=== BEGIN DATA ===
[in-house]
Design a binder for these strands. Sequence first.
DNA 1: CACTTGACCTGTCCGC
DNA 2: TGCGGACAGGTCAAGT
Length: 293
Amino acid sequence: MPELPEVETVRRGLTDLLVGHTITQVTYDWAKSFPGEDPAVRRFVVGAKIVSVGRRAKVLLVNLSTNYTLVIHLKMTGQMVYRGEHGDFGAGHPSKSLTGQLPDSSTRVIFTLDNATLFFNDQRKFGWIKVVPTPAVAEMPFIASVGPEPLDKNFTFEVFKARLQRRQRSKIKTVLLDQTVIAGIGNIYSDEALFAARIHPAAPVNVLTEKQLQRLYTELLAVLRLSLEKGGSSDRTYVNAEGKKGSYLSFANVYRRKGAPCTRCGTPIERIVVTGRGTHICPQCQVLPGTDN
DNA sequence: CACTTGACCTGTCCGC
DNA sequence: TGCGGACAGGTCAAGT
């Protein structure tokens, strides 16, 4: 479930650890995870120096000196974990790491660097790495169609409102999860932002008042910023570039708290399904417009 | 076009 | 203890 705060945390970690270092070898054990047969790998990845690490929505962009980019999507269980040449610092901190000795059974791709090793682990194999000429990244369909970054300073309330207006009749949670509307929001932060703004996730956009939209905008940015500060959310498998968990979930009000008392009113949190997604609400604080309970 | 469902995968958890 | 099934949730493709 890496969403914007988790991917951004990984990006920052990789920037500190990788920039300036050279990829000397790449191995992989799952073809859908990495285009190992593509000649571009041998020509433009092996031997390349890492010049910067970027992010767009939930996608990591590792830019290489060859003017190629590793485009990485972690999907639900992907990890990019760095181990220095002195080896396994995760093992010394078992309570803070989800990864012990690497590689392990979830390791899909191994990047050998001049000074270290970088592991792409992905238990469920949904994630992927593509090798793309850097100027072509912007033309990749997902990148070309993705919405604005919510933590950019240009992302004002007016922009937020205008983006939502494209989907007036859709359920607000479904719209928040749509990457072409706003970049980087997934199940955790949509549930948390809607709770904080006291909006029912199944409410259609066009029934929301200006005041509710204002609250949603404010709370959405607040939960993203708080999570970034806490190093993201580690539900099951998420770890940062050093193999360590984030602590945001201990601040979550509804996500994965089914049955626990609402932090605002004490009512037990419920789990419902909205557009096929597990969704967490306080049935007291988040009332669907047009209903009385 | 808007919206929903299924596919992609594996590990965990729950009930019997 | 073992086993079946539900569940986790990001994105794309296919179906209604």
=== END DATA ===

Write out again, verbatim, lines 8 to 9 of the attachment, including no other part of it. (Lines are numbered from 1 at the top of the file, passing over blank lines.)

DNA sequence: TGCGGACAGGTCAAGT
């Protein structure tokens, strides 16, 4: 479930650890995870120096000196974990790491660097790495169609409102999860932002008042910023570039708290399904417009 | 076009 | 203890 705060945390970690270092070898054990047969790998990845690490929505962009980019999507269980040449610092901190000795059974791709090793682990194999000429990244369909970054300073309330207006009749949670509307929001932060703004996730956009939209905008940015500060959310498998968990979930009000008392009113949190997604609400604080309970 | 469902995968958890 | 099934949730493709 890496969403914007988790991917951004990984990006920052990789920037500190990788920039300036050279990829000397790449191995992989799952073809859908990495285009190992593509000649571009041998020509433009092996031997390349890492010049910067970027992010767009939930996608990591590792830019290489060859003017190629590793485009990485972690999907639900992907990890990019760095181990220095002195080896396994995760093992010394078992309570803070989800990864012990690497590689392990979830390791899909191994990047050998001049000074270290970088592991792409992905238990469920949904994630992927593509090798793309850097100027072509912007033309990749997902990148070309993705919405604005919510933590950019240009992302004002007016922009937020205008983006939502494209989907007036859709359920607000479904719209928040749509990457072409706003970049980087997934199940955790949509549930948390809607709770904080006291909006029912199944409410259609066009029934929301200006005041509710204002609250949603404010709370959405607040939960993203708080999570970034806490190093993201580690539900099951998420770890940062050093193999360590984030602590945001201990601040979550509804996500994965089914049955626990609402932090605002004490009512037990419920789990419902909205557009096929597990969704967490306080049935007291988040009332669907047009209903009385 | 808007919206929903299924596919992609594996590990965990729950009930019997 | 073992086993079946539900569940986790990001994105794309296919179906209604």